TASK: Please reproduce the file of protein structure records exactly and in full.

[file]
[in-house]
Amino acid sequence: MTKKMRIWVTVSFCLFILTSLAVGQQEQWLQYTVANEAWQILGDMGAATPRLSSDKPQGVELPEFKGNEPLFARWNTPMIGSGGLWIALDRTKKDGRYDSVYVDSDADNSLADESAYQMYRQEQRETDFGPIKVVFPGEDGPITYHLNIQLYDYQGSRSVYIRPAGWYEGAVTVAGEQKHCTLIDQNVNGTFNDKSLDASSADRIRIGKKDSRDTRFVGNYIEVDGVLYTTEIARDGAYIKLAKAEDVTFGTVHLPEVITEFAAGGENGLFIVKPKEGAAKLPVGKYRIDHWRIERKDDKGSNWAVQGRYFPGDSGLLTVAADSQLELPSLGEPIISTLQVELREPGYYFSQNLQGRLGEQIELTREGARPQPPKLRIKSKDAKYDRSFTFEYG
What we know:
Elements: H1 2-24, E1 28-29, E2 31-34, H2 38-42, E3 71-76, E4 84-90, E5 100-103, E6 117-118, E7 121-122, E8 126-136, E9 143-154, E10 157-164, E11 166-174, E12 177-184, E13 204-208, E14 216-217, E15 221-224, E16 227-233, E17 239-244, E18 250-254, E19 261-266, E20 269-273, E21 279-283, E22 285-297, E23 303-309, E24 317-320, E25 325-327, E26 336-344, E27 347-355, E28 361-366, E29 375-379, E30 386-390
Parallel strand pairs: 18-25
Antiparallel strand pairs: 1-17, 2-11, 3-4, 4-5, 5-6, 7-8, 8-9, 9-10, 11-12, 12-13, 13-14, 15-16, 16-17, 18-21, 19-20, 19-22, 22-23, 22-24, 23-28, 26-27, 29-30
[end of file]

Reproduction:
[in-house]
Amino acid sequence: MTKKMRIWVTVSFCLFILTSLAVGQQEQWLQYTVANEAWQILGDMGAATPRLSSDKPQGVELPEFKGNEPLFARWNTPMIGSGGLWIALDRTKKDGRYDSVYVDSDADNSLADESAYQMYRQEQRETDFGPIKVVFPGEDGPITYHLNIQLYDYQGSRSVYIRPAGWYEGAVTVAGEQKHCTLIDQNVNGTFNDKSLDASSADRIRIGKKDSRDTRFVGNYIEVDGVLYTTEIARDGAYIKLAKAEDVTFGTVHLPEVITEFAAGGENGLFIVKPKEGAAKLPVGKYRIDHWRIERKDDKGSNWAVQGRYFPGDSGLLTVAADSQLELPSLGEPIISTLQVELREPGYYFSQNLQGRLGEQIELTREGARPQPPKLRIKSKDAKYDRSFTFEYG
What we know:
Elements: H1 2-24, E1 28-29, E2 31-34, H2 38-42, E3 71-76, E4 84-90, E5 100-103, E6 117-118, E7 121-122, E8 126-136, E9 143-154, E10 157-164, E11 166-174, E12 177-184, E13 204-208, E14 216-217, E15 221-224, E16 227-233, E17 239-244, E18 250-254, E19 261-266, E20 269-273, E21 279-283, E22 285-297, E23 303-309, E24 317-320, E25 325-327, E26 336-344, E27 347-355, E28 361-366, E29 375-379, E30 386-390
Parallel strand pairs: 18-25
Antiparallel strand pairs: 1-17, 2-11, 3-4, 4-5, 5-6, 7-8, 8-9, 9-10, 11-12, 12-13, 13-14, 15-16, 16-17, 18-21, 19-20, 19-22, 22-23, 22-24, 23-28, 26-27, 29-30